The two images chosen this week show one of Dooley’s most famous sculptures, “Four Lads Who Shook the World”, which is on Matthew Street. The first image shows the original sculpture as it was installed in 1974, and the second shows the sculpture as it is today, altered after John Lennon’s death. In the original sculpture, the Madonna (representing Liverpool as the mother city of the Beatles) is holding three babies (representing John, George and Ringo), with a fourth baby representing Paul McCartney, who Dooley states, ‘…has been given wings of a cherub for obvious reasons’. In the later sculpture the winged Paul McCartney cherub has been removed and another baby added to one side to represent John Lennon, with the words ‘Lennon Lives’ and lines from ‘Imagine’.
The Arthur Dooley Archive was set up by the Liverpool Academy of the Arts in order to publicise and gain recognition for the life and work of Arthur Dooley, the Liverpool Sculptor. The cataloguing of the archive was made possible through funding from the Heritage Lottery Fund. The archive was transferred to LJMU in 2009 to enable long term security and access.
Arthur Dooley was born in Liverpool in 1929, and after working for a time as an apprentice at Cammel Laird’s shipyard, he joined the Irish Guards. His time in the army was crucial to his development as an artist, and it was at this time that he became a devout Catholic and also embraced communism. It was while in military prison that Dooley is said to have begun to make sculptures.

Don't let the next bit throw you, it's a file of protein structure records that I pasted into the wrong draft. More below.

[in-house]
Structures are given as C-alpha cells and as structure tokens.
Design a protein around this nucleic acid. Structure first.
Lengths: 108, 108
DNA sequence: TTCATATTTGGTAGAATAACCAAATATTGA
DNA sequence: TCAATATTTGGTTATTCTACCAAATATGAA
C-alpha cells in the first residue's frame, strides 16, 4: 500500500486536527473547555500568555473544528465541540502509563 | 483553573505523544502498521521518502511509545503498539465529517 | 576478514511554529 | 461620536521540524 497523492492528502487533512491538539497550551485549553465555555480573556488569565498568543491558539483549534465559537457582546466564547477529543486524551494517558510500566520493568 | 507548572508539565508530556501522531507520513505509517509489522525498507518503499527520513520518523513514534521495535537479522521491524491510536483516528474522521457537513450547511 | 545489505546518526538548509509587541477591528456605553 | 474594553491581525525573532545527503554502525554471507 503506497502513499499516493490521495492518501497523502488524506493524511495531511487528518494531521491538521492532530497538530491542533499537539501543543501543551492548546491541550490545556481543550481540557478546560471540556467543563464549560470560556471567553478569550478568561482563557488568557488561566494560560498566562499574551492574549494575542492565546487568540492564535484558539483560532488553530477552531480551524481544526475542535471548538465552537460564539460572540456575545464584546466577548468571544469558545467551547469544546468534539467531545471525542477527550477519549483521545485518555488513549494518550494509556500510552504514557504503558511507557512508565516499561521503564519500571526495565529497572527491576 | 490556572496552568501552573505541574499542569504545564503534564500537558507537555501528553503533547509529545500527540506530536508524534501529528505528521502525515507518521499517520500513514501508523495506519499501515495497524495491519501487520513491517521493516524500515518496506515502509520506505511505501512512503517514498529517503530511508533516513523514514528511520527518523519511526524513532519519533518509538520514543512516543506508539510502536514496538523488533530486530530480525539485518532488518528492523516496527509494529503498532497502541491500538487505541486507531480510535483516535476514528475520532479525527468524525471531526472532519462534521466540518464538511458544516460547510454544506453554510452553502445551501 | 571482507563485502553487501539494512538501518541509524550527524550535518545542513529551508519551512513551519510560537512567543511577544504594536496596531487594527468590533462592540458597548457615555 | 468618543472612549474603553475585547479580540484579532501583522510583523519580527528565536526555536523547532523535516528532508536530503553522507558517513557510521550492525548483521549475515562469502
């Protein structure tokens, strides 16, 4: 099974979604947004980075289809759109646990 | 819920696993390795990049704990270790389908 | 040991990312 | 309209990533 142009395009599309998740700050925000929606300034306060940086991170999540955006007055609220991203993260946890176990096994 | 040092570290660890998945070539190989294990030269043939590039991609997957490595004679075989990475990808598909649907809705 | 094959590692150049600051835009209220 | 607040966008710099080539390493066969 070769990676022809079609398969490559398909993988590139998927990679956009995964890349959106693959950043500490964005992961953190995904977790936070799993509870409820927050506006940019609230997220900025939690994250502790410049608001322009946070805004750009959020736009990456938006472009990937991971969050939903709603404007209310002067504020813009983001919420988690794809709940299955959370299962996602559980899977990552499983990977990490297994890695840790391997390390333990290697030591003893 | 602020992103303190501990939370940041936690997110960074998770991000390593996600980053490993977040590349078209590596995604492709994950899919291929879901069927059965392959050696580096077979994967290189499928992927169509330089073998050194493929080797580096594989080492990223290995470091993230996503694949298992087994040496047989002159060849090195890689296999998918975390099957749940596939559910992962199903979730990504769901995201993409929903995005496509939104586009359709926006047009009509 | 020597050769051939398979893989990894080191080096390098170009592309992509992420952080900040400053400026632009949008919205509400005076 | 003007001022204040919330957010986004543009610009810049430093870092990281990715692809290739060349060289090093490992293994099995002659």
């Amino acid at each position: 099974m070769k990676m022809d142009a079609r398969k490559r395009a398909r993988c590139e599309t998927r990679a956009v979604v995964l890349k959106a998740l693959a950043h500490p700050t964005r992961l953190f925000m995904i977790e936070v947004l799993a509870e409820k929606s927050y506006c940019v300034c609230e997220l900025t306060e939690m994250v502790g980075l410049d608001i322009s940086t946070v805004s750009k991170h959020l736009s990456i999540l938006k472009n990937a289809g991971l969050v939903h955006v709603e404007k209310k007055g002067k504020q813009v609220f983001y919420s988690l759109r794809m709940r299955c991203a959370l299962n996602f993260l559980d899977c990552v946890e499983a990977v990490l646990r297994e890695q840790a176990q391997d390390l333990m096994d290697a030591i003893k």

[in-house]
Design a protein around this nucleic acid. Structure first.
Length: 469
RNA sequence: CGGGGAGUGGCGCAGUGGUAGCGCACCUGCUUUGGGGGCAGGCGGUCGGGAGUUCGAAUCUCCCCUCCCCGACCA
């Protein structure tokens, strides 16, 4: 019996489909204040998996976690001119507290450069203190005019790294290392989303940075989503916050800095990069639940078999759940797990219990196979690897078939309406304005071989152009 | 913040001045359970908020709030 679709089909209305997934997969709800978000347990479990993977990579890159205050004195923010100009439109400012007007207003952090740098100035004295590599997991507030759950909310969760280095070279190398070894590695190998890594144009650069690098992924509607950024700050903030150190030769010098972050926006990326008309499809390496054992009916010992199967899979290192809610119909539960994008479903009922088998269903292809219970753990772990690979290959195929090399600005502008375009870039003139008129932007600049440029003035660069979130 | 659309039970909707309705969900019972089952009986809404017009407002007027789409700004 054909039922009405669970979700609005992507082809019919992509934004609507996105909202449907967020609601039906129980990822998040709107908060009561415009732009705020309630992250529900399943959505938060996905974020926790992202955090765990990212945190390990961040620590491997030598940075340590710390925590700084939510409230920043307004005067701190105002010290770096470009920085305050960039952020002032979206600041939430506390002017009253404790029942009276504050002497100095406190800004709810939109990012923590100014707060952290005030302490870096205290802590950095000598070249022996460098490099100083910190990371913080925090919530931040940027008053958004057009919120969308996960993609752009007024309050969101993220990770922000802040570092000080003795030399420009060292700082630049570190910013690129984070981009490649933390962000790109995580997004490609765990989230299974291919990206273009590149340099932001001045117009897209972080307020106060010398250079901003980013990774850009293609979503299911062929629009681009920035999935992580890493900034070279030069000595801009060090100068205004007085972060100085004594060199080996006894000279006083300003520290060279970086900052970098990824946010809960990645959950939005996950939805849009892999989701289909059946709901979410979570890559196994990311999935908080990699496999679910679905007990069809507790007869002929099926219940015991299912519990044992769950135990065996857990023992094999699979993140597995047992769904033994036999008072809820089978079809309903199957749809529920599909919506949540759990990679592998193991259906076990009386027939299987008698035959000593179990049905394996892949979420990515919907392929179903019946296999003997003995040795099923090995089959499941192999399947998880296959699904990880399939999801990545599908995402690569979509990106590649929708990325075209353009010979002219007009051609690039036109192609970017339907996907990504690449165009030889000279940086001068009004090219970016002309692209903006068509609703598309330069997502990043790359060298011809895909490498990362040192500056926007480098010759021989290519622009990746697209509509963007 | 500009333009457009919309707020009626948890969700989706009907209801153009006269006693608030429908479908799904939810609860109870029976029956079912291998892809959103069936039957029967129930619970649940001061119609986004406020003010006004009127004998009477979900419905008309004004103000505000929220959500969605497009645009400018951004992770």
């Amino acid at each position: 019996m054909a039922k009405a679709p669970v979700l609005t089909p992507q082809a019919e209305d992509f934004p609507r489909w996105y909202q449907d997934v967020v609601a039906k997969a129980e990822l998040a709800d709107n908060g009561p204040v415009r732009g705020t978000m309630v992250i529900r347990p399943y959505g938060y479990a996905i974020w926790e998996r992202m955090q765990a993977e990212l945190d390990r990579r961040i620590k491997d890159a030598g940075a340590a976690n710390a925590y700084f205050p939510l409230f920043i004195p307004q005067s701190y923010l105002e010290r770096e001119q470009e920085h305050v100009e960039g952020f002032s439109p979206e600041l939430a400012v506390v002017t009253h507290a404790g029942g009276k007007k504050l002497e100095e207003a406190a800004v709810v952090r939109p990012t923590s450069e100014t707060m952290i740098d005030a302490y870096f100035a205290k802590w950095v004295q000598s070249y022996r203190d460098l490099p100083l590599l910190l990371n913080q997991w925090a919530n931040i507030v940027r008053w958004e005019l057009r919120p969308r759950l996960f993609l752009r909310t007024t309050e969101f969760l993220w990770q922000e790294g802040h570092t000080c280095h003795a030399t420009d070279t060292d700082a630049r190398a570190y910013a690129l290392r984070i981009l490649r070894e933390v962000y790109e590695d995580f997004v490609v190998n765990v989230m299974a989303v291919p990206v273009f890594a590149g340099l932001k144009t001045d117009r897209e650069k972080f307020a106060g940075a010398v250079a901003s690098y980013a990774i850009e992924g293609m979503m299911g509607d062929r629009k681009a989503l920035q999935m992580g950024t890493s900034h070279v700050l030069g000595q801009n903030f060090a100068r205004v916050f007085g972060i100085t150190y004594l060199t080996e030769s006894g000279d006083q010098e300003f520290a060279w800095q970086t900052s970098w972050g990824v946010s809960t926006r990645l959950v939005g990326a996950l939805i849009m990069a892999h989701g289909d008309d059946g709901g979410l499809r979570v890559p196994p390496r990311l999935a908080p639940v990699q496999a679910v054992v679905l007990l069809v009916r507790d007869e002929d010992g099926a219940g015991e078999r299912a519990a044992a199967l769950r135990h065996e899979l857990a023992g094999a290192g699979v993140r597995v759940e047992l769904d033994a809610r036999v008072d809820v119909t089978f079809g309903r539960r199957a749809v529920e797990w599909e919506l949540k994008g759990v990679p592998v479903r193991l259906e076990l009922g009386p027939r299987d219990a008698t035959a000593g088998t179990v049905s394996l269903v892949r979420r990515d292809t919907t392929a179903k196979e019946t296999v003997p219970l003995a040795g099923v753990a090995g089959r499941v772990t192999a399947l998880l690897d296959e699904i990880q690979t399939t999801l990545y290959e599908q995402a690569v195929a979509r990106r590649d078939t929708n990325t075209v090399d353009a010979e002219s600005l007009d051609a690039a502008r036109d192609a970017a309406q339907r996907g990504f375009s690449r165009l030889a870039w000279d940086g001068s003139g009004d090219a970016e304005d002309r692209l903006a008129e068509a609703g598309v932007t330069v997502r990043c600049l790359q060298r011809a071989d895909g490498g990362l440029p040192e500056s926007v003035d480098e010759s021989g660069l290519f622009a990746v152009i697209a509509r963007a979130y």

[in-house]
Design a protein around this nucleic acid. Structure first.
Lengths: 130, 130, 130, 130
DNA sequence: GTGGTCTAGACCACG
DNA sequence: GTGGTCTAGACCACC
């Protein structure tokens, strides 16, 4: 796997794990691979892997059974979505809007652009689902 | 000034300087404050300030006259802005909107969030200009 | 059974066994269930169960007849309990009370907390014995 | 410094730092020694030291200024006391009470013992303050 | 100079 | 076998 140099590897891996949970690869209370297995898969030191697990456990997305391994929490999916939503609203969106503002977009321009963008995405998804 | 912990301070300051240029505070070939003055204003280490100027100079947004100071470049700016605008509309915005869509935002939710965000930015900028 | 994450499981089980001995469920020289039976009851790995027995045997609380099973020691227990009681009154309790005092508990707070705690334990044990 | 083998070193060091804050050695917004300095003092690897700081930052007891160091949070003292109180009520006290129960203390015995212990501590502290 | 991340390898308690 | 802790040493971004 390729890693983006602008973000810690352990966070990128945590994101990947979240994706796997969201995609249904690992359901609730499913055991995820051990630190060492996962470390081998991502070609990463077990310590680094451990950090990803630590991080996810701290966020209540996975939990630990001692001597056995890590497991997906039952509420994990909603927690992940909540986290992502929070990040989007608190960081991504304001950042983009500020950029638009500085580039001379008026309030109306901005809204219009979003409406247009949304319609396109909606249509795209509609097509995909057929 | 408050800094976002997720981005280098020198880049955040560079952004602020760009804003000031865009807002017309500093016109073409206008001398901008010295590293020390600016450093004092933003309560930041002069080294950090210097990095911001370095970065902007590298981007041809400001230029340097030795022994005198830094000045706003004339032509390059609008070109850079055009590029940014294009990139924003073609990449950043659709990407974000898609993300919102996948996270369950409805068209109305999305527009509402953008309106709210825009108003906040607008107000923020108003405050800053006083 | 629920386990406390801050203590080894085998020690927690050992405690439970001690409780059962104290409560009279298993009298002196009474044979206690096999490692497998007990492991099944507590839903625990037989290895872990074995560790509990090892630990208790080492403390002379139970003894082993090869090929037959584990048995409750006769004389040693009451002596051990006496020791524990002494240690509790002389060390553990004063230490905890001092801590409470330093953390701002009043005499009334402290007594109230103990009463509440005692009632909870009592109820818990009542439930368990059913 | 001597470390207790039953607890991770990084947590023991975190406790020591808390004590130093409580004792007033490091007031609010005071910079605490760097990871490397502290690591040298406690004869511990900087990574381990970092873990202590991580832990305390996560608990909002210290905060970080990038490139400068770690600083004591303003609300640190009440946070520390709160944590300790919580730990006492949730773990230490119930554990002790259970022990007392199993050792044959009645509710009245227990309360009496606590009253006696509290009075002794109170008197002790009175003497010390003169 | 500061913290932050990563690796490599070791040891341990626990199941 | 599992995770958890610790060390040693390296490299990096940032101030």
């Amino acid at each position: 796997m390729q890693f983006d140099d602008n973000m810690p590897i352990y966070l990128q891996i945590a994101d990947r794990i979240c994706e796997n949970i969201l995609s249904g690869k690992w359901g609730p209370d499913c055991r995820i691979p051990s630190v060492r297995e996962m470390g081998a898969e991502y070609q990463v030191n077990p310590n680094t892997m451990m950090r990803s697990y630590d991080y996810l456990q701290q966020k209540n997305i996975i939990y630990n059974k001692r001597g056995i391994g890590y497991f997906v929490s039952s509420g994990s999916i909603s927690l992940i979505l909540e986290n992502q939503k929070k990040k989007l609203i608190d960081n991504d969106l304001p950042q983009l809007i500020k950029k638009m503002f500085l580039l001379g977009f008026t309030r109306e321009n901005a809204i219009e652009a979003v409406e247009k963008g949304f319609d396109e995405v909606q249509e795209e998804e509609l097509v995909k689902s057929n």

When he left the army in 1953 he continued to study art, first attending classes at Toynbee Hall in London, and then observing students and making work from discarded materials at St Martins College, where he worked as a cleaner. He was eventually given a one-man show by St Martins in 1961. By the early 1960s art critics were hailing Dooley as ‘a kind of sculptural Brendan Behan’, and his straight talking seemed to strike a chord with those seeking to challenge the establishment. He returned home to Liverpool and worked in several studios making large-scale works including The Stations of the Cross for St Mary’s church in Leyland (1965).
He appeared regularly on television, sometimes talking about sculpture, but also defending the rights of ordinary working class people in his native city. All this helped to make him something of a celebrity and his work was collected by the rich and famous, including Cliff Mitchelmore and Danny La Rue. He was even the subject of ITV’s This is Your Life in 1970. During the 1970s he tried to develop a studio and art school in a converted pub in Woolton, and continued to exhibit across Britain and work on a number of commissions, including The Speakers Platform at the Pier Head (1973). Politics remained central to his work, and he campaigned for the redevelopment of the South Docks, the abolition of high-rise housing and for more help for the long-term unemployed. In 1974 he produced one of his most famous works, the Beatles memorial Four Lads Who Shook the World on Mathew Street.
In the 1980s Dooley founded a workshop for the unemployed in Kirkby, helped to found the Liverpool Academy of Arts, and created his final studio at 36 Seel Street. By this time, however, his work was becoming less fashionable and ill-health and financial problems began to make their mark. He died suddenly in 1994, but left an undoubted mark on Liverpool and has never been forgotten by those who knew him.
For more information about the archive, or to request access to the collection, please see the LJMU webpage or contact the LJMU Archivist. More information and digitised material can be found at The Arthur Dooley Archive website.